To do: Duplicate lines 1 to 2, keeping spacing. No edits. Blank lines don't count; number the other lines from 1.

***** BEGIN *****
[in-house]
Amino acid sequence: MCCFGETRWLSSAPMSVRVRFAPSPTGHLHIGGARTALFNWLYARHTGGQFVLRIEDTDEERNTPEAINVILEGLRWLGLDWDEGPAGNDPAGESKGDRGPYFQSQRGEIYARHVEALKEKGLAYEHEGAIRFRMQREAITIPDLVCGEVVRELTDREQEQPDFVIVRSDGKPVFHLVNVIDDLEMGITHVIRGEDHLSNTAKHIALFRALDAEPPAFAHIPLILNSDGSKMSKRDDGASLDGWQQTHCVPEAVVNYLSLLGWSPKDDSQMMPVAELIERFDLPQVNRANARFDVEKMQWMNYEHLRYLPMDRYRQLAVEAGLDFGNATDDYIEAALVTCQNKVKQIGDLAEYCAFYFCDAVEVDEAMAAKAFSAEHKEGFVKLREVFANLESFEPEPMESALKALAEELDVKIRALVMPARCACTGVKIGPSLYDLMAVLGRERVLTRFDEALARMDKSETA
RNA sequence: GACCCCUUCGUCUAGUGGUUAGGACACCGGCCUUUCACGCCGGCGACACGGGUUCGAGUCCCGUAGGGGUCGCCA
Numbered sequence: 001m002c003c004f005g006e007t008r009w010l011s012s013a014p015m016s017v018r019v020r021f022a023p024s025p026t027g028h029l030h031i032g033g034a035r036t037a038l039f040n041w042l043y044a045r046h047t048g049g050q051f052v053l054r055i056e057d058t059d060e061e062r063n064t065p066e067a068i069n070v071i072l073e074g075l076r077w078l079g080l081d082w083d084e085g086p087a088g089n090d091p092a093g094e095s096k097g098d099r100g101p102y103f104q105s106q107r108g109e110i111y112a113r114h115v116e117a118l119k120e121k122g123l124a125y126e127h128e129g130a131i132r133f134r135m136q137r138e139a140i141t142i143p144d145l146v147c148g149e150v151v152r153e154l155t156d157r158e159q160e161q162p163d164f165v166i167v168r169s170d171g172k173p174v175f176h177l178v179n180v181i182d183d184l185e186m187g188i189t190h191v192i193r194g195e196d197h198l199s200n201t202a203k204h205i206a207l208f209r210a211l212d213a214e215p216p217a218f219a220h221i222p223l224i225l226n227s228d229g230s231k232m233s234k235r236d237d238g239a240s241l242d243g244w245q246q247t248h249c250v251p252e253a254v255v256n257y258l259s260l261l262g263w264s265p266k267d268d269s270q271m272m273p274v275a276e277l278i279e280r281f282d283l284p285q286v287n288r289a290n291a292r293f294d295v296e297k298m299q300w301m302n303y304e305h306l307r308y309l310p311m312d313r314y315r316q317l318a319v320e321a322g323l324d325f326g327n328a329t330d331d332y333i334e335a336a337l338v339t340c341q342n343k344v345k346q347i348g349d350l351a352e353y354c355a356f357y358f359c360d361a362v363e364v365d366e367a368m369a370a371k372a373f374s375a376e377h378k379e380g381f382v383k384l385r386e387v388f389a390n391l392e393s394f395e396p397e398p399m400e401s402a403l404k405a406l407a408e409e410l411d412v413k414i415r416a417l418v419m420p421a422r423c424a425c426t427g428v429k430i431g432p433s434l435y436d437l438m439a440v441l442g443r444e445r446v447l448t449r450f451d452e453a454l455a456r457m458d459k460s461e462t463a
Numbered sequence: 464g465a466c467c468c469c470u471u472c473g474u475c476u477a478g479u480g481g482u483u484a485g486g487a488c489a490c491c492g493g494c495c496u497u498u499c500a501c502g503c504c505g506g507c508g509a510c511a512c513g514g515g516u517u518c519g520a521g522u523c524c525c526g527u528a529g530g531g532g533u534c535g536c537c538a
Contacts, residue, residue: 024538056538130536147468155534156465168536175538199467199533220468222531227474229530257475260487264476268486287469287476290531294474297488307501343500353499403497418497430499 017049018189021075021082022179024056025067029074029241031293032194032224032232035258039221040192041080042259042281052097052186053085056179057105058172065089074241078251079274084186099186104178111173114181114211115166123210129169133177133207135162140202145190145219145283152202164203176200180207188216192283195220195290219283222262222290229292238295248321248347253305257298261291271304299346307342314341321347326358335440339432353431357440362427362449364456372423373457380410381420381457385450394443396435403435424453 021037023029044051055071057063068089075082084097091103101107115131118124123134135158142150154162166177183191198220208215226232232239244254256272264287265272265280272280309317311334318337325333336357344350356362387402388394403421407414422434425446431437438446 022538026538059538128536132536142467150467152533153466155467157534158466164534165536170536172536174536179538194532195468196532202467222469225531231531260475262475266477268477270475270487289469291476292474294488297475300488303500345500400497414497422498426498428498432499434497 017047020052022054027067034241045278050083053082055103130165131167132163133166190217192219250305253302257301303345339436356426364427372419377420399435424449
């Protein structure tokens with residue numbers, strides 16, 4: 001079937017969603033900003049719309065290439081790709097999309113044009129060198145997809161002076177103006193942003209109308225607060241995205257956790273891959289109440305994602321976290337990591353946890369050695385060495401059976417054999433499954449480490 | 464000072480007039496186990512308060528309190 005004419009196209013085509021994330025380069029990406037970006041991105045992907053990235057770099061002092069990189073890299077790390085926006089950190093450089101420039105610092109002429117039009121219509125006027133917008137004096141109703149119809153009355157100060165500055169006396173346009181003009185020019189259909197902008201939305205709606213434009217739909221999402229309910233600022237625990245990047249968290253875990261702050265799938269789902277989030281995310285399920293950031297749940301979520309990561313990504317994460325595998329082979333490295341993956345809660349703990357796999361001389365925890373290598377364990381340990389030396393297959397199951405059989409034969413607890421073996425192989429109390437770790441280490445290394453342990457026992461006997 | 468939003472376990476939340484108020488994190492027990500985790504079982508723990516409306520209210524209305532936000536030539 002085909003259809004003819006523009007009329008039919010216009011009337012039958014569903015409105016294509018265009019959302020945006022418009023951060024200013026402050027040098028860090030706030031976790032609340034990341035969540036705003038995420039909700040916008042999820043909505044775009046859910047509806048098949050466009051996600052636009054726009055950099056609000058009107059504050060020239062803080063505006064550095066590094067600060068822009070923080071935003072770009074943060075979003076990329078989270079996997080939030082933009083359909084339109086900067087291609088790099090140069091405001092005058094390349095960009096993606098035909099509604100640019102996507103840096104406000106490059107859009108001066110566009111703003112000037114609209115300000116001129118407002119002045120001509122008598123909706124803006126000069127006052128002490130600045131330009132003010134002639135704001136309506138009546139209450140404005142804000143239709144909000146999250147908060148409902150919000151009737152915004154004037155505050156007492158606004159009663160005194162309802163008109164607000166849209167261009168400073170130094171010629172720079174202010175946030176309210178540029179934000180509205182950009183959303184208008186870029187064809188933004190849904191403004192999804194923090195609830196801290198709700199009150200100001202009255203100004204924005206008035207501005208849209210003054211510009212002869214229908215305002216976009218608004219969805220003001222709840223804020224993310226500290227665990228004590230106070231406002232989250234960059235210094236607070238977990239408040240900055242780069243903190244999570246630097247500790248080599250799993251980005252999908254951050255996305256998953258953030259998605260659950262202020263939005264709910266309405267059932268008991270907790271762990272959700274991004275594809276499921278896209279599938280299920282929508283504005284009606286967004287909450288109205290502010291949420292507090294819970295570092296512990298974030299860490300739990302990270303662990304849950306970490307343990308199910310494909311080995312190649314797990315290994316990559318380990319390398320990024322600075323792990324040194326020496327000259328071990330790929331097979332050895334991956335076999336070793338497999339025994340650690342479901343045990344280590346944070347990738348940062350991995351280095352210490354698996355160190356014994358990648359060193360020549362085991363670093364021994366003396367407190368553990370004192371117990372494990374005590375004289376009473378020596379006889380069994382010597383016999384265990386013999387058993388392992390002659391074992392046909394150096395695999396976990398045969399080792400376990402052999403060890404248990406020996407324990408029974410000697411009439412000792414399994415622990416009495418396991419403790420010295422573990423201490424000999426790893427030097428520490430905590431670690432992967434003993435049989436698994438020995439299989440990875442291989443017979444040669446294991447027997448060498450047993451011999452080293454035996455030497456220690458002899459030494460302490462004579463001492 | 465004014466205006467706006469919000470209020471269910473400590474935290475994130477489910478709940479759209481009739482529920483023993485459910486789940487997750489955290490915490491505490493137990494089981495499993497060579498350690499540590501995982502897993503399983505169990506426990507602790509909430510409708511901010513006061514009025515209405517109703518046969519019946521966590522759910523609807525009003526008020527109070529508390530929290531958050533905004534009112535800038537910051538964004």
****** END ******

[in-house]
Amino acid sequence: MCCFGETRWLSSAPMSVRVRFAPSPTGHLHIGGARTALFNWLYARHTGGQFVLRIEDTDEERNTPEAINVILEGLRWLGLDWDEGPAGNDPAGESKGDRGPYFQSQRGEIYARHVEALKEKGLAYEHEGAIRFRMQREAITIPDLVCGEVVRELTDREQEQPDFVIVRSDGKPVFHLVNVIDDLEMGITHVIRGEDHLSNTAKHIALFRALDAEPPAFAHIPLILNSDGSKMSKRDDGASLDGWQQTHCVPEAVVNYLSLLGWSPKDDSQMMPVAELIERFDLPQVNRANARFDVEKMQWMNYEHLRYLPMDRYRQLAVEAGLDFGNATDDYIEAALVTCQNKVKQIGDLAEYCAFYFCDAVEVDEAMAAKAFSAEHKEGFVKLREVFANLESFEPEPMESALKALAEELDVKIRALVMPARCACTGVKIGPSLYDLMAVLGRERVLTRFDEALARMDKSETA